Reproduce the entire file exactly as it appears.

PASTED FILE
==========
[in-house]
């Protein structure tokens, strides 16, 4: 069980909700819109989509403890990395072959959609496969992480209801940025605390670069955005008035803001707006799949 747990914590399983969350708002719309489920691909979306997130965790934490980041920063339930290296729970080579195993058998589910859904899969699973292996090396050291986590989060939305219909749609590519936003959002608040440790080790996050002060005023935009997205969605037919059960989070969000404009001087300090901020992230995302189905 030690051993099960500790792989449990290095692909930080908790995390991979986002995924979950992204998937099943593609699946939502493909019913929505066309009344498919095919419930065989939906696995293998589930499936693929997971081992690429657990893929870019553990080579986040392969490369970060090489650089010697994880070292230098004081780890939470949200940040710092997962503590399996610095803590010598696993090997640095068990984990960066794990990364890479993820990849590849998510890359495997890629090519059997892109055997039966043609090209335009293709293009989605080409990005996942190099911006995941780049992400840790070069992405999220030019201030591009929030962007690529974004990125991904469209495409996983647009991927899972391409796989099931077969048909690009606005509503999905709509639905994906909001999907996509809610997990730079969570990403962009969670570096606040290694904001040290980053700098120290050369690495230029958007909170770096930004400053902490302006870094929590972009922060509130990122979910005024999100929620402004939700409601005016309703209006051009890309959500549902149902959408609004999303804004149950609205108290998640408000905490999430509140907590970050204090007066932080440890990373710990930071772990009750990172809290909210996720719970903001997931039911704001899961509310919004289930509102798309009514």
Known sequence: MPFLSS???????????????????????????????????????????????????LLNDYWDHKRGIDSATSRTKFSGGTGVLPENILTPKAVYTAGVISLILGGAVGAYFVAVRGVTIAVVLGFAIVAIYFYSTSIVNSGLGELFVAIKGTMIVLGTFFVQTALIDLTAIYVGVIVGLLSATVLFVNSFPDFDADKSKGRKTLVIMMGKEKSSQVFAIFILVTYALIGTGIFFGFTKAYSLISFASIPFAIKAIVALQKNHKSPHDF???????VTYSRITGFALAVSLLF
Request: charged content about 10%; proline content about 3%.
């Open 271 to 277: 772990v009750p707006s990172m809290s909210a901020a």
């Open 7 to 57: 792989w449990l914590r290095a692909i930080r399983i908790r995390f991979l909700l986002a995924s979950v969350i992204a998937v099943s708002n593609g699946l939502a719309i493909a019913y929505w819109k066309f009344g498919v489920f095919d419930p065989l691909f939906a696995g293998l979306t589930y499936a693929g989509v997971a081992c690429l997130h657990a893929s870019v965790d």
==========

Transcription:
[in-house]
């Protein structure tokens, strides 16, 4: 069980909700819109989509403890990395072959959609496969992480209801940025605390670069955005008035803001707006799949 747990914590399983969350708002719309489920691909979306997130965790934490980041920063339930290296729970080579195993058998589910859904899969699973292996090396050291986590989060939305219909749609590519936003959002608040440790080790996050002060005023935009997205969605037919059960989070969000404009001087300090901020992230995302189905 030690051993099960500790792989449990290095692909930080908790995390991979986002995924979950992204998937099943593609699946939502493909019913929505066309009344498919095919419930065989939906696995293998589930499936693929997971081992690429657990893929870019553990080579986040392969490369970060090489650089010697994880070292230098004081780890939470949200940040710092997962503590399996610095803590010598696993090997640095068990984990960066794990990364890479993820990849590849998510890359495997890629090519059997892109055997039966043609090209335009293709293009989605080409990005996942190099911006995941780049992400840790070069992405999220030019201030591009929030962007690529974004990125991904469209495409996983647009991927899972391409796989099931077969048909690009606005509503999905709509639905994906909001999907996509809610997990730079969570990403962009969670570096606040290694904001040290980053700098120290050369690495230029958007909170770096930004400053902490302006870094929590972009922060509130990122979910005024999100929620402004939700409601005016309703209006051009890309959500549902149902959408609004999303804004149950609205108290998640408000905490999430509140907590970050204090007066932080440890990373710990930071772990009750990172809290909210996720719970903001997931039911704001899961509310919004289930509102798309009514």
Known sequence: MPFLSS???????????????????????????????????????????????????LLNDYWDHKRGIDSATSRTKFSGGTGVLPENILTPKAVYTAGVISLILGGAVGAYFVAVRGVTIAVVLGFAIVAIYFYSTSIVNSGLGELFVAIKGTMIVLGTFFVQTALIDLTAIYVGVIVGLLSATVLFVNSFPDFDADKSKGRKTLVIMMGKEKSSQVFAIFILVTYALIGTGIFFGFTKAYSLISFASIPFAIKAIVALQKNHKSPHDF???????VTYSRITGFALAVSLLF
Request: charged content about 10%; proline content about 3%.
């Open 271 to 277: 772990v009750p707006s990172m809290s909210a901020a």
């Open 7 to 57: 792989w449990l914590r290095a692909i930080r399983i908790r995390f991979l909700l986002a995924s979950v969350i992204a998937v099943s708002n593609g699946l939502a719309i493909a019913y929505w819109k066309f009344g498919v489920f095919d419930p065989l691909f939906a696995g293998l979306t589930y499936a693929g989509v997971a081992c690429l997130h657990a893929s870019v965790d």